More Dan Lepard from the essential book The Handmade Loaf. Some proper teatime muffins. It’s crazy I feel I have to refer to these as “English muffins”, as I’m English and was eating these long before US-style muffins invaded Britain.
Muffins are like yeasted buns, but are cooked on a griddle or hotplate. Alongside crumpets, muffins are wonderful teatime fare, especially when slathered with butter and jam or honey.
Dan L has added toasted buckwheat to this recipe, which adds a nice depth of flavour. Though not a crunch, as he uses 75g of buckwheat, toasted, and then soaked in 100g boiling water and 2 T of cider vinegar, which soften the seeds (they’re not grains, folks).
Make the dough by adding 1 t fine sea salt to 350g strong white flour.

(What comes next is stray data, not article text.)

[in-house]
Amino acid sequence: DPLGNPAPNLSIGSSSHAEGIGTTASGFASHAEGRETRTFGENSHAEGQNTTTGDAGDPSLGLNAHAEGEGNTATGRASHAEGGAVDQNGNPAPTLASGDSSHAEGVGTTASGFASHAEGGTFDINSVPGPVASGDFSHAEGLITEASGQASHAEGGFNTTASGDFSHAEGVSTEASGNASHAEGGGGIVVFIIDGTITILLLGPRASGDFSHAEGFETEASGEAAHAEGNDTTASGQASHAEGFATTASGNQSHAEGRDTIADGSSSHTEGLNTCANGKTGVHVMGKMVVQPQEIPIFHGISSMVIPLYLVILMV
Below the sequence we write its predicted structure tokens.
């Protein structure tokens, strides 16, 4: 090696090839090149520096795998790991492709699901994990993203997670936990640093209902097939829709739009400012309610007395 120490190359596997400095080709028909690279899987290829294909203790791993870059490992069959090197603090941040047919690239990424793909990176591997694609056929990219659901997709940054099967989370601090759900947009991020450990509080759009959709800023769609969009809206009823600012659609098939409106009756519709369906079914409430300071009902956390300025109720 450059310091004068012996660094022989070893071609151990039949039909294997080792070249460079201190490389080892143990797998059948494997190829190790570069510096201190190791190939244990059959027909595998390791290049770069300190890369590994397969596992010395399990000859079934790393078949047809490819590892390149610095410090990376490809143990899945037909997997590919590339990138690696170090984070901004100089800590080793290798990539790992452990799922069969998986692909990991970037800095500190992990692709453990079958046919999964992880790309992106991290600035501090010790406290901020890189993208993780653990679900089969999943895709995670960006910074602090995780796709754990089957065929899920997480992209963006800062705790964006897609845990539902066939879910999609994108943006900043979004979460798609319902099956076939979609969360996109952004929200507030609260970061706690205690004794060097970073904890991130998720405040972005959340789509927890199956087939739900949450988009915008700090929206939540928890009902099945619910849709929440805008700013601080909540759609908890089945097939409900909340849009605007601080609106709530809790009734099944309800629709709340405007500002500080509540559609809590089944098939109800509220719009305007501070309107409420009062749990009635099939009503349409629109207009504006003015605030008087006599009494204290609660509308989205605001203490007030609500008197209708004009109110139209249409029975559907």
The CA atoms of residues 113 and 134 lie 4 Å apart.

Add 3/4 t fresh yeast to 200g water (at 20c), then add the soaked buckwheat.
Pour the yeasty, buckwheat liquid into the flour, and mix to a soft dough with 25g melted butter.
Give the dough two more short kneads at 10 minute intervals, forming into a ball and putting in a covered bowl in between. Then leave for an hour in the covered bowl.
On a lightly floured work surface, roll out the dough to about 2cm thick, and cut out rounds with an 8 or 10cm cutter (Dan L says the latter, I used the former and it finished result seemed a suitable size).
Rest the muffins on a floured baking sheet, covered, for another 45 mins.
Preheat a heavy pan or flat griddle over a low-medium heat. Dust each muffin with a little extra flour, then griddle them over a medium heat for about 5-7 minutes each side. Serve warm, or cool, then split and toast.
We had them for afternoon tea along with some rather cute biscuits.